You might have noticed that Disney has been heavily promoting their upcoming live-action prequel to 101 Dalmatians, titled Cruella and starring Oscar winner and everybody’s favorite redhead, Emma Stone as the main character. On principle, it would seem like we could say that Stone is taking over from Betty Lou Gerson (voice actress) when she’s playing the role

You might have noticed that Disney has been heavily promoting their upcoming live-action prequel to 101 Dalmatians, titled Cruella and starring Oscar winner and everybody’s favorite redhead, Emma Stone as the main character. On principle, it would seem like we could say that Stone is taking over from Betty Lou Gerson (voice actress) when she’s playing the role of legendary film villain Cruella de Vil, and thus she seems to have pretty big shoes to fill. But that’s probably not true, and it’s Disney who we’d have to blame for this one.

At this point, we seem to have gotten used to watching Disney’s mostly low-quality, big-budget, eccentrically successful live-action adaptations of their classic animated films. Interestingly enough, this is the second time that Disney has tried remaking their beloved 1961 classic, 101 Dalmatians after the somewhat successful and more or less forgotten 1996 adaptation starring Glenn Close. And this was the beginning of a trend that has become so tired that it’s come back to the same IP that began it all.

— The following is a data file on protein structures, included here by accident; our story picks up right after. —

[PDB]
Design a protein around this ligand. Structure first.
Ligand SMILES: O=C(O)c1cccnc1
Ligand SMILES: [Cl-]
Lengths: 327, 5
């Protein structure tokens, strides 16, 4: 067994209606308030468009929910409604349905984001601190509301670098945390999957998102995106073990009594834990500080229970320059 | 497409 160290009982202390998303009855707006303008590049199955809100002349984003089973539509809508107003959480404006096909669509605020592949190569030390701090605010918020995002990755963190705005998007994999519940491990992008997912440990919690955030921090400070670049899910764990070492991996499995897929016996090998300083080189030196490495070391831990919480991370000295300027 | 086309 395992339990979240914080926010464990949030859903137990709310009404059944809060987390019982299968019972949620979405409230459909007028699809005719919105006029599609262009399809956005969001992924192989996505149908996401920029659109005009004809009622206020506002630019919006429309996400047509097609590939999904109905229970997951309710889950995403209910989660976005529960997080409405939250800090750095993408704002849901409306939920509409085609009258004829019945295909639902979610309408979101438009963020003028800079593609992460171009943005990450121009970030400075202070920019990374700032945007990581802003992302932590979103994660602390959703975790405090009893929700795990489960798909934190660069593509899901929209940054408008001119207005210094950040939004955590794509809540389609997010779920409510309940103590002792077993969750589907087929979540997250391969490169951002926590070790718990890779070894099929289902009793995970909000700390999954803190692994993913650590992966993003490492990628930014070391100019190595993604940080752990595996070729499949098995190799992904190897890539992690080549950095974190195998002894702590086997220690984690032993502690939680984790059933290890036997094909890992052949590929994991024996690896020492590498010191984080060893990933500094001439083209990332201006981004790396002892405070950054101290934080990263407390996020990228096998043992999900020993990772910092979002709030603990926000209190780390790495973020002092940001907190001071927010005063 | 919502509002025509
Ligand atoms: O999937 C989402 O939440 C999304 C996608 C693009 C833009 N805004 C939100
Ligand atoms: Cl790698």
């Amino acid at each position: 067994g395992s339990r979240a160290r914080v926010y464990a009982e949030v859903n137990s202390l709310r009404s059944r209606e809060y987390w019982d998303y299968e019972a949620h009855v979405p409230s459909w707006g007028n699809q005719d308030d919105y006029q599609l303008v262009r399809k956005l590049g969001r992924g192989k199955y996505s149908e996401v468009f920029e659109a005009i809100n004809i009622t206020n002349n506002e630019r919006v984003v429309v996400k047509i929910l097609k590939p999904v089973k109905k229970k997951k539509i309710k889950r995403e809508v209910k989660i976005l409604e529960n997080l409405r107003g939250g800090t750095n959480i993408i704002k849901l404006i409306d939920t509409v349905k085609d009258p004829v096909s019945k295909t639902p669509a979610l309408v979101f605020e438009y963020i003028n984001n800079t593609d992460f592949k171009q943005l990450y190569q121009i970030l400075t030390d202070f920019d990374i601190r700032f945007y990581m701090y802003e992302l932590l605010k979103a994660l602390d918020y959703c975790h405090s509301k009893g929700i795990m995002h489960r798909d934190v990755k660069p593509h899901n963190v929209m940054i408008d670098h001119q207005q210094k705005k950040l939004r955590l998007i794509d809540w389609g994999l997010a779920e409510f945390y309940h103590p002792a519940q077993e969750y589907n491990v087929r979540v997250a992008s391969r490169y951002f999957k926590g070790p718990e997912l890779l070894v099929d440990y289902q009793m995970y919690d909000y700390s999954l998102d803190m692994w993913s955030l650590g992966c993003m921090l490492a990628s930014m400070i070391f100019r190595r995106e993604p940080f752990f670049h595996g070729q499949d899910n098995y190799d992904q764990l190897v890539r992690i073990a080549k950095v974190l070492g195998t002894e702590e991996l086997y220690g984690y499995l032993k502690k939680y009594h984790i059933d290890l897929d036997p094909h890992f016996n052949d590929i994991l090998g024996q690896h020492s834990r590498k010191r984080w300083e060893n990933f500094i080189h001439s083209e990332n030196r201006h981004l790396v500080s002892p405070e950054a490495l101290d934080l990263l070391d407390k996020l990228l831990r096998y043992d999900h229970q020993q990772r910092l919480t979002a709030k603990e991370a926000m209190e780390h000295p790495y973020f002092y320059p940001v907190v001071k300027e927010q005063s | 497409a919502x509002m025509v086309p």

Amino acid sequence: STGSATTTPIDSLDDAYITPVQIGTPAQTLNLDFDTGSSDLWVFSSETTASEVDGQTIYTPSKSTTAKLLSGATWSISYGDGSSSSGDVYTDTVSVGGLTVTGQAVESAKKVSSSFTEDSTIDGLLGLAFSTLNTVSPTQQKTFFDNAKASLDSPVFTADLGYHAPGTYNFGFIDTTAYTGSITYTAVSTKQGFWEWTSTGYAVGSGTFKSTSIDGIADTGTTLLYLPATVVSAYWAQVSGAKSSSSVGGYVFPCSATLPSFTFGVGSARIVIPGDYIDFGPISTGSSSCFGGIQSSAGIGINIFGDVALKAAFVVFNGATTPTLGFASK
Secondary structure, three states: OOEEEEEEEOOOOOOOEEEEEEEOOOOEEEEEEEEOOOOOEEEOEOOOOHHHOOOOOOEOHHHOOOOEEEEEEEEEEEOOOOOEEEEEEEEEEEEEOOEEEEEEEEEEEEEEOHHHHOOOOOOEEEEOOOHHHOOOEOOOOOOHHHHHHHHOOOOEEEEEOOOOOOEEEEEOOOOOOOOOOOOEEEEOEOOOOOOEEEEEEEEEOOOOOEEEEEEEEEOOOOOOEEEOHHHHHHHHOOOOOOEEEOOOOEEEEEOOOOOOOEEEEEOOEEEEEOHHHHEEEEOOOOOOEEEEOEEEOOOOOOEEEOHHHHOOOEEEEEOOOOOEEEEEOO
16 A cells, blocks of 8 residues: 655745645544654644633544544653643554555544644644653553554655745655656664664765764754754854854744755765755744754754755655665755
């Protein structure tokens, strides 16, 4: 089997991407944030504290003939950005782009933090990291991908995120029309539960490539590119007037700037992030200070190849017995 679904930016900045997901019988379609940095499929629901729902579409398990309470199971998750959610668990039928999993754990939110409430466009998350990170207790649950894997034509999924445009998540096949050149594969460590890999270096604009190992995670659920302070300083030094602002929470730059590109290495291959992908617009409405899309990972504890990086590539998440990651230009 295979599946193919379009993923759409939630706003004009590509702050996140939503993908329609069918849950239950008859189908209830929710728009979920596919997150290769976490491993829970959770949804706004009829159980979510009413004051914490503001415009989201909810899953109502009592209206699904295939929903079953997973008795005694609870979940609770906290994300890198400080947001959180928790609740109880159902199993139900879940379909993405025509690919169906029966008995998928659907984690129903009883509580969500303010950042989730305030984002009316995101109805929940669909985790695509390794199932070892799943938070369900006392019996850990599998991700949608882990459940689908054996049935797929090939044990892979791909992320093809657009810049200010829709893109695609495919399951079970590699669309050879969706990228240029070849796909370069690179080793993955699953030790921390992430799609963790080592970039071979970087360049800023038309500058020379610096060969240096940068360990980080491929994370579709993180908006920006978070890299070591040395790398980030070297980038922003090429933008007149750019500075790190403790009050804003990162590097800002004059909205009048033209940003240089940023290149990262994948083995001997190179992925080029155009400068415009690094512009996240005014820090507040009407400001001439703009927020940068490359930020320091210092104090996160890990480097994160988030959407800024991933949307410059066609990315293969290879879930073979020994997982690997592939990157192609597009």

And this happened because at some point a Disney exec thought it would be a great idea to remake their animated classics into live-action films. On principle, the concept was an appealing and potentially interesting one: the audience right now is made of millennials that keep on enjoying and loving nostalgia over quality, so the idea of just showing audiences what they know “but with a twist” was a good one. The money was bound to come in, so the chance to be creative was ever-present, but it inexplicably failed to take any sort of priority for a studio that has redefined the “if it ain’t broke, don’t fix it” rule.

Because Disney, it seems, has taken the wrong lessons from the films that made it what it is as a landmark of pop culture. It has become a bit of a joke to stand in front of a screen and just be amazed at the ability of truly talented filmmakers such as Tim Burton, Guy Ritchie, or Bill Condon to drain all the charm and life out of classically beautiful animated films. The live-action end product, as it is, has been anything but expected, and not in the way the filmmakers intended.

There is a sense of complexity that must be taken into account whenever someone is trying to adapt an existing story for a new kind of audience, and the mere idea should not be up for debate. Screenwriters spend hours trying to figure out how to make something that worked in the past relevant for new audiences, especially now where the public has become increasingly unpredictable, but it’s truly astounding to see how misguided their “solutions” to this have been.